Hillary Clinton weighed in on her 1975 legal defense of an accused child rapist on Saturday, her first comments on the case since it came under scrutiny following aWashington Free Beacon report last month.
Clinton spoke in clinical, legal terms while explaining her defense of the rapist, who Clinton helped to avoid a lengthy prison term by relying on a technicality relating to the chain of evidence of his blood-soaked underwear, as well as arguing at the time that the 12-year-old victim may have exaggerated or encouraged the attack.
“When you are a lawyer, you often don’t have the choice as to who you will represent, and by the very nature of criminal law there will be those who you represent that you don’t approve of,” said Clinton in an interview published on Friday with Mumsnet, an online forum for parents in the UK.
“But at least in our system you have an obligation, and once I was appointed I fulfilled that obligation,” she added.
The Free Beaconreported in June on previously unpublished audio tapes from the 1980s that revealed Clinton laughing while discussing her successful effort to secure a plea bargain for her client and suggesting she believed the 41-year-old man was guilty of rape.
Hillary Clinton is known as a champion of women and girls, but one woman who says she was raped as a 12-year-old in Arkansas doesn’t think Hillary deserves that honor. This woman says Hillary smeared her and used dishonest tactics to successfully get her attacker off with a light sentence -- even though, she claims, Clinton knew he was guilty.
Two weeks ago, George Will wrote a column about how progressives have exaggerated the prevalence of rape on college campuses. The column was not well received by some or even, as a great many of the histrionic responses would indicate, well understood. Last week a press release landed in The Scrapbook’s inbox, headlined: “87,000 Call on The Washington Post to Address Sexism, Fire George Will.” A group called UltraViolet was touting the success of an online petition they’d whipped up over the controversy. From the release:
This week the Factual Feminist takes on the “rape culture” panic that is riling college campuses with help from the media, radical feminists, and too many politicians. Just as in the shameful panic over alleged child abuse at day care centers that sent innocent people to prison in the 1980s, false statistics, mob tactics at public meetings, and disregard for the principle of “innocent until proven guilty” hold sway among today’s accusers.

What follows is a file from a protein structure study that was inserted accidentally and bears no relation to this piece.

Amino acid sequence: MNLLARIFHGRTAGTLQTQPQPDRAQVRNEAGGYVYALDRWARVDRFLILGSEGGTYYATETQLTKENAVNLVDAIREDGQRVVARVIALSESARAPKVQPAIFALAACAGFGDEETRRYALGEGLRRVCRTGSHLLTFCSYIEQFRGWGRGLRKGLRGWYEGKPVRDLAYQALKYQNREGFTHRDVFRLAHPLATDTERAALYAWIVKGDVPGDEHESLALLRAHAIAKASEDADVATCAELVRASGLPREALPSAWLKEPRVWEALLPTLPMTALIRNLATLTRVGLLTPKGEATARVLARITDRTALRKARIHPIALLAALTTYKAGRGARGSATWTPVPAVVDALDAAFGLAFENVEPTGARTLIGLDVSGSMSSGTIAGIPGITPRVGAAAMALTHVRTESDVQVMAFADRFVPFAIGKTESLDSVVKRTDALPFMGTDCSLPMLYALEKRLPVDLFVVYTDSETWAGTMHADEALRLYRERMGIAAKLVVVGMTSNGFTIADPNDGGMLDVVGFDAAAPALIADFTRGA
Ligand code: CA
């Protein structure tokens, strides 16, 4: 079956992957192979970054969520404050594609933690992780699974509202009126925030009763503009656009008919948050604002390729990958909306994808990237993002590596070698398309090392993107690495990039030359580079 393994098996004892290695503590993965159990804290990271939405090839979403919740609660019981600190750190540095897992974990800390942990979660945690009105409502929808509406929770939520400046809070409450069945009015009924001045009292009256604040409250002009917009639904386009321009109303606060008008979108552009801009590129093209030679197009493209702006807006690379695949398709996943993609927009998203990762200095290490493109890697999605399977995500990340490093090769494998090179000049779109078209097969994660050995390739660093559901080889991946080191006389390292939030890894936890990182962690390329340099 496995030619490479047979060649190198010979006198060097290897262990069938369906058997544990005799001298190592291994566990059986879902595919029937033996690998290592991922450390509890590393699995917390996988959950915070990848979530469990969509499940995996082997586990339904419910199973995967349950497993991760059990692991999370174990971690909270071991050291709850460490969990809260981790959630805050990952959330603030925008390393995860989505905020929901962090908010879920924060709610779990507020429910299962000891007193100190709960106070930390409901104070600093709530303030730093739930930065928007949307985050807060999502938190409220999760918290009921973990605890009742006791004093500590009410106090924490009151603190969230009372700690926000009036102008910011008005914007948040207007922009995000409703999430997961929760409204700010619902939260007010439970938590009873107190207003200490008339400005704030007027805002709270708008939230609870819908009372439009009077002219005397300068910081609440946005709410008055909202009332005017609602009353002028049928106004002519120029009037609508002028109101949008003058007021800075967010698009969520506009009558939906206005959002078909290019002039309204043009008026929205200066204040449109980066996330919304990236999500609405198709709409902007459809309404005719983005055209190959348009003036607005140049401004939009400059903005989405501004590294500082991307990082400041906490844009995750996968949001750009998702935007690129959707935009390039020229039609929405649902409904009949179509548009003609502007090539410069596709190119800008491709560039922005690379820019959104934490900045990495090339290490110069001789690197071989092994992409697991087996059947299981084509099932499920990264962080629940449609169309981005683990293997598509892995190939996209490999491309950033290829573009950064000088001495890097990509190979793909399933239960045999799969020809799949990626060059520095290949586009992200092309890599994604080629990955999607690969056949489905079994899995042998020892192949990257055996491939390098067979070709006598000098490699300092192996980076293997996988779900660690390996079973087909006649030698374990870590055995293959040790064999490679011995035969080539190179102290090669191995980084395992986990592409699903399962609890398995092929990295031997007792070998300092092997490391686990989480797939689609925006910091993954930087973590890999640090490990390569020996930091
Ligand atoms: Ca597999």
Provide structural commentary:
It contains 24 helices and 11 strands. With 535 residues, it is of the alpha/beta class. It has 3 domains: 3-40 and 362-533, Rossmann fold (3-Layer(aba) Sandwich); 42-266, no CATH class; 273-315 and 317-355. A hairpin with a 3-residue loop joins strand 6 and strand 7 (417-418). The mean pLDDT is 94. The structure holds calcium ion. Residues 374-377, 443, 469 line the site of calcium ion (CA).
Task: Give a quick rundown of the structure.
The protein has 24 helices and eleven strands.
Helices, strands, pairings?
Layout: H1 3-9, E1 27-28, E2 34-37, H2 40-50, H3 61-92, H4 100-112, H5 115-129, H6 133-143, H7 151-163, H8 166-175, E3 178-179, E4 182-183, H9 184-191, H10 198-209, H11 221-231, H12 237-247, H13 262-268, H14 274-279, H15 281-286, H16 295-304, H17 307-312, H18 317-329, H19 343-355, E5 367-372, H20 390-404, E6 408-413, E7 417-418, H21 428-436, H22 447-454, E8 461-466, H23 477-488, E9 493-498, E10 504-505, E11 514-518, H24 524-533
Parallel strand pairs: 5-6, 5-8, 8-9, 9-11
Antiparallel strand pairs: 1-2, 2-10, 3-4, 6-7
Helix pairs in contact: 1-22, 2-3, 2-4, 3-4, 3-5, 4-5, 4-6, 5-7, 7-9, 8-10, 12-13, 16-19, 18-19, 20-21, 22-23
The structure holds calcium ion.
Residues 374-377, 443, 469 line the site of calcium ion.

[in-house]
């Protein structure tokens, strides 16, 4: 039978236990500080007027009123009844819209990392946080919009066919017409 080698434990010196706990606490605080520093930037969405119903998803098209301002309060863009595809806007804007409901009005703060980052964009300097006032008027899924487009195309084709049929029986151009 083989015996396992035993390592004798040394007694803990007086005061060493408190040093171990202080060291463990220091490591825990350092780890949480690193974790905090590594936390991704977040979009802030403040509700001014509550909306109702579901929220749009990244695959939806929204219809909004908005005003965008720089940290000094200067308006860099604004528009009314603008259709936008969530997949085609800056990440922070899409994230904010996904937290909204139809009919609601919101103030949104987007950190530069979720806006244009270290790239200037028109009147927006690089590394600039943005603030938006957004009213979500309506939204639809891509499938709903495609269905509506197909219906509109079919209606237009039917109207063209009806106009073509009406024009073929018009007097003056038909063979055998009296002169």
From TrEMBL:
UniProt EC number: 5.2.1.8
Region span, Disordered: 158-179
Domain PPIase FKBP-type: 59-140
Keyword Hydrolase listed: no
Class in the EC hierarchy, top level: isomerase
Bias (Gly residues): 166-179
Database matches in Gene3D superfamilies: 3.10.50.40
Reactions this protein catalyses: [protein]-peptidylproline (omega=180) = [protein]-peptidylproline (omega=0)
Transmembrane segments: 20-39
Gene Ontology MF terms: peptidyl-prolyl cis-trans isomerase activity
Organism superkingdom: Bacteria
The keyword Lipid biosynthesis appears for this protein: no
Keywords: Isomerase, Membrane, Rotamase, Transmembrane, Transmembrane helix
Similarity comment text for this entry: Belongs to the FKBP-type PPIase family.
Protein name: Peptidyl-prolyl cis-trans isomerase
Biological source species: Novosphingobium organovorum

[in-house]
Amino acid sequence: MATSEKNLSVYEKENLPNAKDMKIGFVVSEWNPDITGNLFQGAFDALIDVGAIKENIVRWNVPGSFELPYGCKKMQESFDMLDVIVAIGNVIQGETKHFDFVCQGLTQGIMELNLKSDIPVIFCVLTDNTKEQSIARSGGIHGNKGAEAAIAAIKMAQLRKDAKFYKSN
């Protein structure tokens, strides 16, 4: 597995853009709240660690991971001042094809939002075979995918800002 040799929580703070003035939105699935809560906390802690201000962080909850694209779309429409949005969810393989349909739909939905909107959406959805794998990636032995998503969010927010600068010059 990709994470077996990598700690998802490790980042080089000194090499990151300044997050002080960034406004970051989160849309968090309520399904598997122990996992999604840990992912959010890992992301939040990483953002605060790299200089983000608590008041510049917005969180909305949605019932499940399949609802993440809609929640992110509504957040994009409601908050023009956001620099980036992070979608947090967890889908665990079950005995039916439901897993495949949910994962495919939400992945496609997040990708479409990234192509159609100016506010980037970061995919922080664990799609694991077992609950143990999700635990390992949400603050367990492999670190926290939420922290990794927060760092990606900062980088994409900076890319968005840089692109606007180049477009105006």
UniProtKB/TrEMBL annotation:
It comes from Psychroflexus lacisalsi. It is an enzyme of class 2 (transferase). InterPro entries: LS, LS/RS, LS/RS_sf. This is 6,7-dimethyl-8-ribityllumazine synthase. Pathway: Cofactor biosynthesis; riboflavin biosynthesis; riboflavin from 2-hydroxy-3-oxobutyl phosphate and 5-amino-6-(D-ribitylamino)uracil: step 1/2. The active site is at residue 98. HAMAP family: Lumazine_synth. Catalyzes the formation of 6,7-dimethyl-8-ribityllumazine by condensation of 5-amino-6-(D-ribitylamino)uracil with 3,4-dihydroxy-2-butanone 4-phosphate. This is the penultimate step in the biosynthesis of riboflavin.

Vice President Joe Biden made the case last night at a Washington, D.C. hotel that abused women fear getting "raped again by the system." Biden made the comments in remarks to a fundraiser for the Volunteer Lawyers Project, which is co-chaired by his daughter.
It's become a collegiate tradition as venerable as all-nighters, hacky sack on the quad, and toga parties: the consciousness-raising campus rape hoax. And so it wasn’t particularly surprising when, early last month, it was revealed that a 20-year-old woman named Morgan Triplett, who claimed she had been sexually assaulted at UC Santa Cruz in February, had in fact fabricated the charge.
Support for Republican Todd Akin’s decision to stay in the Missouri Senate race has cratered and so has his favorability. Those findings come from two new polls conducted after Akin created a firestorm with his comment about “legitimate rape.”
Democrats are trying to use Missouri Senate candidate Todd Akin's bizarre and offensive comments about rape and pregnancy to smear GOP vice presidential candidate Paul Ryan. And many journalists are playing along.
President Obama's Department of Justice recently released new regulations to prevent prison rape. "Sexual violence, against any victim, is an assault on human dignity and an affront to American values," Obama said when announcing the new initiative. "The Prison Rape Elimination Act of 2003 (PREA) was enacted with bipartisan support and established a 'zero-tolerance standard' for rape in prisons in the United States."
Well, it's no Rape Mail (the closer from the politically gifted minds at Camp Coakley), but Scott Brown's counting on his calmer argument being more effective: "There's only one tax cutter in this race, and it's not Martha Coakley."